Hunt quotas cut for southern population of polar bears
A polar bear is pictured at the Toronto Zoo in this file photo from Thursday February 21, 2013. (Chris Young/The Canadian Press)
Bob Weber, The Canadian Press
Published Wednesday, October 15, 2014 12:48PM EDT
Last Updated Wednesday, October 15, 2014 5:35PM EDT
Inuit and Cree hunters have agreed to slash their polar bear quotas for Canada's southernmost population of the mighty Arctic predator.
Scientists say the old allowable harvest of 60 bears in the southern Hudson Bay region was unsustainable. But Inuit say they agreed to cut their hunt back to 45 mostly over fears of an international backlash against Canada's management policy.
"We keep saying there's too many bears out there but the biologists don't seem to understand that," said Paul Irngaut of Nunavut Tunngavik Inc., the group that administers the Nunavut land claim.
He said hunters feared that if they hadn't agreed to reduce the southern Hudson Bay hunt, Environment Canada would ban the export of skins from those particular bears in an effort to prevent the entire trade from being forbidden.
The last two meetings of the Convention on International Trade in Endangered Species saw U.S.-led initiatives to ban exports and imports of polar bear parts. Another such attempt is expected at the group's next meeting in 2016.
Scientists say there are about 900 polar bears in the population living in northern Quebec, Ontario and southern Nunavut. That number has been stable for years.
But polar bear biologist Andrew Derocher at the University of Alberta said as climate change melts sea ice the bears use as seal-hunting platforms, their health is deteriorating.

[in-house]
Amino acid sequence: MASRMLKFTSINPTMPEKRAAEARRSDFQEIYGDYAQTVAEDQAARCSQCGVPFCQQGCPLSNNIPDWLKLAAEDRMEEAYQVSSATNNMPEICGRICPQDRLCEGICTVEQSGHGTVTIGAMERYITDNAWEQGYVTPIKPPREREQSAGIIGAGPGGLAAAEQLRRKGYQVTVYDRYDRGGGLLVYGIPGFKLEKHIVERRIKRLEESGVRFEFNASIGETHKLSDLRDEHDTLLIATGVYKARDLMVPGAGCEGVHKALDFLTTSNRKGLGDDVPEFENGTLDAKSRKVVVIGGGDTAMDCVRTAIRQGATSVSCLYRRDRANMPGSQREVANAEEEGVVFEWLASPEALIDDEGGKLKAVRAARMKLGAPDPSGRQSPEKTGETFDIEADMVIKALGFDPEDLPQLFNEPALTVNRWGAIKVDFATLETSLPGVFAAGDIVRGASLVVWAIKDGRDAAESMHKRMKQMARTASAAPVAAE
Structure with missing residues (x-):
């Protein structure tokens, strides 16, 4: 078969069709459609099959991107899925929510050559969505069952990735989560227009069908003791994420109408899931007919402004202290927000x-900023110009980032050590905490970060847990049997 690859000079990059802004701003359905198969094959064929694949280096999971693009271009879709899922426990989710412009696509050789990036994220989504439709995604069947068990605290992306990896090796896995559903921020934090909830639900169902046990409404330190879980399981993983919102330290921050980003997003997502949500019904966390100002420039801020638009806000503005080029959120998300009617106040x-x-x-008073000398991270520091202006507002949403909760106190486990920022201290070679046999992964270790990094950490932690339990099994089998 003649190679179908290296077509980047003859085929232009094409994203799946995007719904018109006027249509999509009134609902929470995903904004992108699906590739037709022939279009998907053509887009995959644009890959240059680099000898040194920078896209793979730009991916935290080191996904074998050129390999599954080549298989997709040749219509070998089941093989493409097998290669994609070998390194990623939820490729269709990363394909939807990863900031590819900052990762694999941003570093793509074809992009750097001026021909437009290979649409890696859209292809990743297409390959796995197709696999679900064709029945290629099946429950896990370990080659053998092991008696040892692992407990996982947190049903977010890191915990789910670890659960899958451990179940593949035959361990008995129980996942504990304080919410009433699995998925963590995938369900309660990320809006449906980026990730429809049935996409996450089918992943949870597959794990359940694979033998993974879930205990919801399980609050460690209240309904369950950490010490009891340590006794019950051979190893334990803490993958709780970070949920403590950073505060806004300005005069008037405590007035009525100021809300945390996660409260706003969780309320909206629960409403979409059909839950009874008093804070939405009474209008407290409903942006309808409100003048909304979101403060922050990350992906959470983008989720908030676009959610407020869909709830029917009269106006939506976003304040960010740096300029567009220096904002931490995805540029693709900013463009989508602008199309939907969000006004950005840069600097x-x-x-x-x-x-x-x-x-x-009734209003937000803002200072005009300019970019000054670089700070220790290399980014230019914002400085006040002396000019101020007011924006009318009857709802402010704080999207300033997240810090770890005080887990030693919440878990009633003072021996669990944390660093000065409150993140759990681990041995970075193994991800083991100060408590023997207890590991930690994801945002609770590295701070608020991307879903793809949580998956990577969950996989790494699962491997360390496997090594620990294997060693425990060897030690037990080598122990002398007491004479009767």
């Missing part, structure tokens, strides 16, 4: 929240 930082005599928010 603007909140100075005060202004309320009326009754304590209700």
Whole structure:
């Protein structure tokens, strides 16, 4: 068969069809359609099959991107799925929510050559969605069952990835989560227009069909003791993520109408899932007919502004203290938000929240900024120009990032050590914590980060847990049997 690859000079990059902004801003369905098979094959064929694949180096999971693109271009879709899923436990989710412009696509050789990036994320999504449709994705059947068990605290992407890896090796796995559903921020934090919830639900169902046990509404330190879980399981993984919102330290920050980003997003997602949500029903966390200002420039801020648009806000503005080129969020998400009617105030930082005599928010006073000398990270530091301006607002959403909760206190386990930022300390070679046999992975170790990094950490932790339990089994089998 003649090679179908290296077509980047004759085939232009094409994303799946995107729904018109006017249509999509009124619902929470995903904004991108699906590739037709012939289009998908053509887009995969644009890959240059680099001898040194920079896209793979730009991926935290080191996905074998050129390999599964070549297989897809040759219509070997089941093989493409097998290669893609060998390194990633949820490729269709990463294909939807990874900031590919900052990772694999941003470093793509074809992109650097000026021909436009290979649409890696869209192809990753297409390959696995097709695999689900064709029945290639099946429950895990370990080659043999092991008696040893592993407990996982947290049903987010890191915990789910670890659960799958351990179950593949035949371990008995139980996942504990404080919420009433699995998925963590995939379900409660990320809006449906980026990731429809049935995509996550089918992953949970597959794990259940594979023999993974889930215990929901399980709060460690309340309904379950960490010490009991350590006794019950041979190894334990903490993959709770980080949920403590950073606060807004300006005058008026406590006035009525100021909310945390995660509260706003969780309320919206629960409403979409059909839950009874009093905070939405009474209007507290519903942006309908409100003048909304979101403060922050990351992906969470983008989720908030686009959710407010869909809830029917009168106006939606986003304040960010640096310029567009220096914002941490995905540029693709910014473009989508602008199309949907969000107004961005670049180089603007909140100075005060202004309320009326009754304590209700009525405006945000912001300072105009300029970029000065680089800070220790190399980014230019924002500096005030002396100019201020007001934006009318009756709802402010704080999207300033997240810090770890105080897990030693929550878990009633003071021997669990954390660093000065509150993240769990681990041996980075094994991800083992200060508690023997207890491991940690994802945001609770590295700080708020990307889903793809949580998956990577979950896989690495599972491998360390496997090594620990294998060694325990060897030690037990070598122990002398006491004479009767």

"The bears get in poorer condition over time. They get a bit smaller. Then what you tend to see is reproduction and survival rates tend to decline. Then the population declines.
"There's no indication right now (this) population is in serious jeopardy. But the concerns we have is that nobody that I was aware of thought that a harvest of 60 bears was even remotely sustainable."
Inuit hunters have long disagreed with biologists on whether bear numbers in this region and others in the Arctic are in decline.
"It's completely opposite to what Inuit have been saying and seeing on the land," said Irngaut.
Population counts can be controversial because polar bear surveys are expensive to mount and conducted infrequently. When they are done, the bears are hard to spot.
Derocher welcomed news the southern Hudson Bay hunt is to shrink by 25 per cent. But even that reduced quota may still be too high, he said.
"Do we have the monitoring in place to assess the population age structure and the recruitment and reproductive rates? I would argue we do not."
The current quota is to remain in place until 2016.
On average, about 500 polar bears are hunted every year in Canada. About two-thirds of the world's 20,000 to 25,000 bears live in 13 population groups in the Northwest Territories, Nunavut, Manitoba, Ontario and Quebec.